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was exceedingly disappointed and mortified at not obtaining it. Cyprian expressly declares not only that a spirit of intrigue, of worldly gain, and of ecclesiastical domination, existed among the clergy of his day, but that such a spirit was awfully prevalent among them. Eusebius gives us similar information in still stronger terms.
Archbishop Whitgift makes the same acknowledgment, more particularly with respect to the Bishops of that per riod. And even Dr. Bowden himself, forgetting his own assertions, unwarily acknowledges, in several other parts of his work, that a number of persons, as early as the days of Cyprian, and before his time, who aspired to the office of Bishop, and who used every effort and artifice to attain it, on being disappointed, distinguished themselves as heretics or schismatics, and became the pests of the Church. Was there no spirit of ambition and domination among such men? Why did they aspire to the office of Bishop? Was there nothing in that office to attract their regard, or to excite their cupidity ? Or did they act without motive? Sure. ly this gentleman needs to have some one at hand to refresh his memory, and to prevent him from warring against his own cause. But a man must be wary and ingenious indeed, who can be consisa tent when truth is against him.
Still, however, the question recurs; What, in those days of persecution and peril, before chris. tianity was established; when the powers of the world were leagued against it; and when every christian pastor especially held a station of much self-denial and danger, what could induce any selfish or ambitious man to desire the pastoral office, and to intrigue for the extension of the powers and honours of that office? When my opponents can tell me what induced Judas Iscariot to follow Christ, at the risk of his life; when they can tell me what impelled Diotrephes to desire the preeminence in the Church ; or what were the objects of Demas, Hymenæus, and Alexander, in their rest. less and ambitious conduct, while Calvary was yet smoking with the blood of their crucified Lord, and while their own lives were every moment ex. posed to the rage of persecution ;—when my opponents can tell me what actuated these men, I shall be equally ready to assign a reason for the early rise and progress of Prelacy.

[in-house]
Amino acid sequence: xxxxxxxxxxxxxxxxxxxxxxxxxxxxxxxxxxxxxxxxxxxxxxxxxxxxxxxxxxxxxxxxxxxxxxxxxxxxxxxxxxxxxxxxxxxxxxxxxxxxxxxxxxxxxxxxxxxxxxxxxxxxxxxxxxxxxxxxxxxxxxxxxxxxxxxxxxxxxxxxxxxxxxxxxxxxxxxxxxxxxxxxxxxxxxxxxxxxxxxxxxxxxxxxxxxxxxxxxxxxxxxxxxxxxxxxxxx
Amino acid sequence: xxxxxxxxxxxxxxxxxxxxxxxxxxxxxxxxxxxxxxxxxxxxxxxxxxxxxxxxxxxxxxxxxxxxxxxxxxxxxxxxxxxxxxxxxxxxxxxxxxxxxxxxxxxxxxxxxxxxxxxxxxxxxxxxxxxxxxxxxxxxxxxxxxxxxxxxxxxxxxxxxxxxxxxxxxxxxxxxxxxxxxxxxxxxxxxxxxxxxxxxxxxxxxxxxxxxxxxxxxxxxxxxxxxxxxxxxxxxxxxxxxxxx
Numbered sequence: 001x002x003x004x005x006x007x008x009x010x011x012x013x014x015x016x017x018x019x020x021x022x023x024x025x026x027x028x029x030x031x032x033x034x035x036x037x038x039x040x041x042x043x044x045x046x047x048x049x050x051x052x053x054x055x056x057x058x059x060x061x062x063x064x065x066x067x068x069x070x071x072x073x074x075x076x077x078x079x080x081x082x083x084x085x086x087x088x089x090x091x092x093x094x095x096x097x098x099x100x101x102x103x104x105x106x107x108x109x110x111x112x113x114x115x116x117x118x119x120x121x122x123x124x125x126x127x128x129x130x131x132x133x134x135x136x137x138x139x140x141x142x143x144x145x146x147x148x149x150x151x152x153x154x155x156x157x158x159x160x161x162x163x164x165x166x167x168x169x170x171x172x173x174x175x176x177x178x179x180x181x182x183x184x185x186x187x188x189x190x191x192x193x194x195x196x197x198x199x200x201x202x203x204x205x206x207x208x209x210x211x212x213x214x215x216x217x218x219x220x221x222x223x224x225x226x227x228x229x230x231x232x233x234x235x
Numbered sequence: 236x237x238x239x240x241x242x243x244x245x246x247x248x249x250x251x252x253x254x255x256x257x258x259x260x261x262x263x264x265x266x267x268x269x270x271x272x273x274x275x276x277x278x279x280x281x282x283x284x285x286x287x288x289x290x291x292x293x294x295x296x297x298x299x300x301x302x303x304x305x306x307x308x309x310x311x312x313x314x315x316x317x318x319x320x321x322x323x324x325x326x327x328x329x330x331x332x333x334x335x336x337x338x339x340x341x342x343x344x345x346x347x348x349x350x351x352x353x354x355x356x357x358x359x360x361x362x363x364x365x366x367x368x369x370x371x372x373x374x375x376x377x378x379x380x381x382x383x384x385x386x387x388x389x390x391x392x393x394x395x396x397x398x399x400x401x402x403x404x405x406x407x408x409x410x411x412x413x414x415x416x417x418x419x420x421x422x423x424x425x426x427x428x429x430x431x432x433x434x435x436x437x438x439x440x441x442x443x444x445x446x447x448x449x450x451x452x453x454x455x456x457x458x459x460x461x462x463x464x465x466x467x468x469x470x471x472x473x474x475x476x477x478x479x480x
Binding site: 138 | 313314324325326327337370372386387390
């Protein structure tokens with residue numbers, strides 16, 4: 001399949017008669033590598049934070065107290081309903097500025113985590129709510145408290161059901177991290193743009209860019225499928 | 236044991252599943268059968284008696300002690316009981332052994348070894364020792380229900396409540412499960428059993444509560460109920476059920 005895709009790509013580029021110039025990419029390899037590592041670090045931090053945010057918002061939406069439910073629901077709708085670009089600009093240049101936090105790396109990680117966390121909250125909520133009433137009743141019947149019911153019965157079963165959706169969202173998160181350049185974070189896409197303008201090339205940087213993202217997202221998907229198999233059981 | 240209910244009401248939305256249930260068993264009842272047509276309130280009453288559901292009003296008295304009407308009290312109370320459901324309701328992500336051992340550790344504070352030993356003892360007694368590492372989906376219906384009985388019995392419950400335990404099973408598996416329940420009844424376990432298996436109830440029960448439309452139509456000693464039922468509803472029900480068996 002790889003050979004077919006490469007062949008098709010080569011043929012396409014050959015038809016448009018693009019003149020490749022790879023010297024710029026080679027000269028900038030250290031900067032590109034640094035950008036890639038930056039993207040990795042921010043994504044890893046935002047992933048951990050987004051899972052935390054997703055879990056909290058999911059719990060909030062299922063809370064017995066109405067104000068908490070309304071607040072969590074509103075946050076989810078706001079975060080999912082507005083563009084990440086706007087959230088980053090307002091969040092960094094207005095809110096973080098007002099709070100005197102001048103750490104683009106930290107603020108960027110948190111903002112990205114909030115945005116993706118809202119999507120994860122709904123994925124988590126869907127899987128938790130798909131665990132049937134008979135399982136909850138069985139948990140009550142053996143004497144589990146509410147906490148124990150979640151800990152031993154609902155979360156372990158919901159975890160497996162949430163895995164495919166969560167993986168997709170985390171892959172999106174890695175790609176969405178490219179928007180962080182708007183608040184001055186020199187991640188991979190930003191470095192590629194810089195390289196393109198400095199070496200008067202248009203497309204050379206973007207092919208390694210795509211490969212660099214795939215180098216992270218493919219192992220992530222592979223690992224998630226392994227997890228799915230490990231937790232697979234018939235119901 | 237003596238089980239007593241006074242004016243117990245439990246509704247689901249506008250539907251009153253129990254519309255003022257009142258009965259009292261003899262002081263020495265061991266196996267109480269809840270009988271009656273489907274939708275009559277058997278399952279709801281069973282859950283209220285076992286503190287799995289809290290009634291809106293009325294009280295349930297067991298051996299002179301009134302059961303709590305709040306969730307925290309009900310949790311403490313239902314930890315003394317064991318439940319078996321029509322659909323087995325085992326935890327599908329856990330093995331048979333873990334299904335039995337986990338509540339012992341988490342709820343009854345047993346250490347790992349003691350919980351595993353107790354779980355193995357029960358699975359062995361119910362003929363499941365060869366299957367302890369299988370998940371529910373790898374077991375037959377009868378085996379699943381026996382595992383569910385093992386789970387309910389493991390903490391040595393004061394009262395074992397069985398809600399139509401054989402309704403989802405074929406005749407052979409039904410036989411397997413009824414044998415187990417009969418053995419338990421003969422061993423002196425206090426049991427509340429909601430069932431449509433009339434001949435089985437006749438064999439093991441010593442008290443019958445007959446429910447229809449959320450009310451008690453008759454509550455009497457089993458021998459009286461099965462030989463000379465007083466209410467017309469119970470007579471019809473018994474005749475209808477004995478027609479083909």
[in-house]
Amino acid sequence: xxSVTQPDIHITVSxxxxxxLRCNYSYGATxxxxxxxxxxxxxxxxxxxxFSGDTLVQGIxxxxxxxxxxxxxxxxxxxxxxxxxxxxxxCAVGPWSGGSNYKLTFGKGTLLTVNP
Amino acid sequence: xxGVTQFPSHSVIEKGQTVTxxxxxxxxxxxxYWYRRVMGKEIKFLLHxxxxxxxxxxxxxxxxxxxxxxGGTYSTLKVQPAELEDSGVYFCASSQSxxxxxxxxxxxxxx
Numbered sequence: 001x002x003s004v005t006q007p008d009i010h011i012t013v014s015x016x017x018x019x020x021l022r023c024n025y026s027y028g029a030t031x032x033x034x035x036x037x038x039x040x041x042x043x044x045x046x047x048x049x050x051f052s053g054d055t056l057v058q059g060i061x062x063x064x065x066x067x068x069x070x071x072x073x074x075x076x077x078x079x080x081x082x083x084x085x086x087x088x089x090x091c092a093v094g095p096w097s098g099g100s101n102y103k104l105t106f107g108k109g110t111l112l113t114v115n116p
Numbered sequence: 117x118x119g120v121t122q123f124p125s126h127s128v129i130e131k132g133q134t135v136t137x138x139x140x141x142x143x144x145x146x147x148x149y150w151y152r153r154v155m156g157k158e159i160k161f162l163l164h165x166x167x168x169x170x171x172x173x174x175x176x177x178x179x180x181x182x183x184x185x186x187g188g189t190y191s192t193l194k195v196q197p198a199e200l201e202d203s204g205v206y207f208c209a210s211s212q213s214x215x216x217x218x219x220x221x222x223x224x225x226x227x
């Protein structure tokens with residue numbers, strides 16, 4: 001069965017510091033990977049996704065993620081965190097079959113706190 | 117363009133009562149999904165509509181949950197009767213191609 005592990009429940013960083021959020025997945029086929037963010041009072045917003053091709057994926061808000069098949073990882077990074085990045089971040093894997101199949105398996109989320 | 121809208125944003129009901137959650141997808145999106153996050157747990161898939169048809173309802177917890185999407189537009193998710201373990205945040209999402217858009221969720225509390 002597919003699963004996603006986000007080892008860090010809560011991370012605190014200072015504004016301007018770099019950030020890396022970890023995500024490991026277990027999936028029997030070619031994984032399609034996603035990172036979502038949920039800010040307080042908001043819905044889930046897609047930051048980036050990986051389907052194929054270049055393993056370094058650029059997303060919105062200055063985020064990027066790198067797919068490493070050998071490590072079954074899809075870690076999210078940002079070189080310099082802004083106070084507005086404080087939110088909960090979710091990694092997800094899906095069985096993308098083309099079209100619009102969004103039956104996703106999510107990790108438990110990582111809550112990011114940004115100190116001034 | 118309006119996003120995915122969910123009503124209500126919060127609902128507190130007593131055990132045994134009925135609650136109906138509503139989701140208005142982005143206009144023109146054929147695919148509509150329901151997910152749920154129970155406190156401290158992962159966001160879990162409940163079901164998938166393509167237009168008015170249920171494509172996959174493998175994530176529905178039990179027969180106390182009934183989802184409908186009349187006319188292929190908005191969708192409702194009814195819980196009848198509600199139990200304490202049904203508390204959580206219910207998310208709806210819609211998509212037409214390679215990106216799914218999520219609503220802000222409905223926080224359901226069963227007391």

But there is no need of retreating into the obscurity of conjecture, when causes enough to satisfy every mind may easily be assigned. If Dr. Bowden does not know that there are multitudes of men, in all ages, in the Church, and out of it, who are ready to court distinction, merely for distinction's sake, and at the evident hazard of their lives, he is less acquainted both with human nature and with history than I have been accustomed to suppose him. But this is not all. It is a notorious fact, notwithstanding all the round assertions of Dr. Bowden to the contrary, that the office of Bi. shop, even in very early times, had much to attract the cupidity as well as the ambition of selfish and aspiring men. The revenues of the primitive Church were large and alluring. It is granted that, during the first three centuries, the Church held little or no real property; as the Roman laws did not allow any person to give or bequeath real estates to ecclesiastical bodies, without the consent of the Senate or the Emperor. The contributions, however, which were made to the Church, for the support of the Clergy, the poor, &c. were immense. During the Apostolic age, the proceeds of the sale of real estates were devoted to ecclesiastical and charitable purposes, and laid at the Apostles' feet. We find the Gentile Churches contributing liberally to the relief of the Churches of Judea, in Acts XI. 29. Rom. xv. 26. 1 Corinth. XVI. 1. and 2 Corinth. VIII. The same liberality manifested itself in subsequent times*. So ample were the funds of the Church of Rome, about the middle of the second century, that they were adequate not only to the support of her own clergy and poor members ; but also to the relief of other Churches, and of a great number of christian captives in the